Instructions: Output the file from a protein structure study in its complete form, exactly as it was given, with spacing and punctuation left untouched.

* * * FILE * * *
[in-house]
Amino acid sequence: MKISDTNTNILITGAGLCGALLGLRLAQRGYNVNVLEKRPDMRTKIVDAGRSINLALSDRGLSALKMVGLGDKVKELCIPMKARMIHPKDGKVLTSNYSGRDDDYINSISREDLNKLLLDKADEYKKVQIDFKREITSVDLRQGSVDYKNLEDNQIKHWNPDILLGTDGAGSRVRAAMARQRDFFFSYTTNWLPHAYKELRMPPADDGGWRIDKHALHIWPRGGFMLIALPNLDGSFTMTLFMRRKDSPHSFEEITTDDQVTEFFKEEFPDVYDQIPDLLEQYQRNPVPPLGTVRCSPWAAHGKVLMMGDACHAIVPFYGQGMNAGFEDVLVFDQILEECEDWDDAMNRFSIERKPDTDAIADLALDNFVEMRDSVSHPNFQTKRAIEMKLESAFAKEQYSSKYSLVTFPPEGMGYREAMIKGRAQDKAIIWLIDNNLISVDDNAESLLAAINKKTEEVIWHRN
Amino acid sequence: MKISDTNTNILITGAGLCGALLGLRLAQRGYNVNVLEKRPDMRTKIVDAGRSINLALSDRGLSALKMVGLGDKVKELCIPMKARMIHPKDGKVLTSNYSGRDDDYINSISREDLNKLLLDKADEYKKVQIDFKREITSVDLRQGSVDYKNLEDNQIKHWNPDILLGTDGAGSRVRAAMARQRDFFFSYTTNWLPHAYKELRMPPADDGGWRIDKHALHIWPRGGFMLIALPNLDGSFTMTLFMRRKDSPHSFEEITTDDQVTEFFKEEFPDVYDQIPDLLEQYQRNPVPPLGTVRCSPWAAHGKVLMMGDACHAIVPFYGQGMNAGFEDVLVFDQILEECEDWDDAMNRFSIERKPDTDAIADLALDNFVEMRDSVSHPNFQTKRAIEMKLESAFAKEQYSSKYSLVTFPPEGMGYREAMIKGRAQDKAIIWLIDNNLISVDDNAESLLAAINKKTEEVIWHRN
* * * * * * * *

[in-house]
Amino acid sequence: MKISDTNTNILITGAGLCGALLGLRLAQRGYNVNVLEKRPDMRTKIVDAGRSINLALSDRGLSALKMVGLGDKVKELCIPMKARMIHPKDGKVLTSNYSGRDDDYINSISREDLNKLLLDKADEYKKVQIDFKREITSVDLRQGSVDYKNLEDNQIKHWNPDILLGTDGAGSRVRAAMARQRDFFFSYTTNWLPHAYKELRMPPADDGGWRIDKHALHIWPRGGFMLIALPNLDGSFTMTLFMRRKDSPHSFEEITTDDQVTEFFKEEFPDVYDQIPDLLEQYQRNPVPPLGTVRCSPWAAHGKVLMMGDACHAIVPFYGQGMNAGFEDVLVFDQILEECEDWDDAMNRFSIERKPDTDAIADLALDNFVEMRDSVSHPNFQTKRAIEMKLESAFAKEQYSSKYSLVTFPPEGMGYREAMIKGRAQDKAIIWLIDNNLISVDDNAESLLAAINKKTEEVIWHRN
Amino acid sequence: MKISDTNTNILITGAGLCGALLGLRLAQRGYNVNVLEKRPDMRTKIVDAGRSINLALSDRGLSALKMVGLGDKVKELCIPMKARMIHPKDGKVLTSNYSGRDDDYINSISREDLNKLLLDKADEYKKVQIDFKREITSVDLRQGSVDYKNLEDNQIKHWNPDILLGTDGAGSRVRAAMARQRDFFFSYTTNWLPHAYKELRMPPADDGGWRIDKHALHIWPRGGFMLIALPNLDGSFTMTLFMRRKDSPHSFEEITTDDQVTEFFKEEFPDVYDQIPDLLEQYQRNPVPPLGTVRCSPWAAHGKVLMMGDACHAIVPFYGQGMNAGFEDVLVFDQILEECEDWDDAMNRFSIERKPDTDAIADLALDNFVEMRDSVSHPNFQTKRAIEMKLESAFAKEQYSSKYSLVTFPPEGMGYREAMIKGRAQDKAIIWLIDNNLISVDDNAESLLAAINKKTEEVIWHRN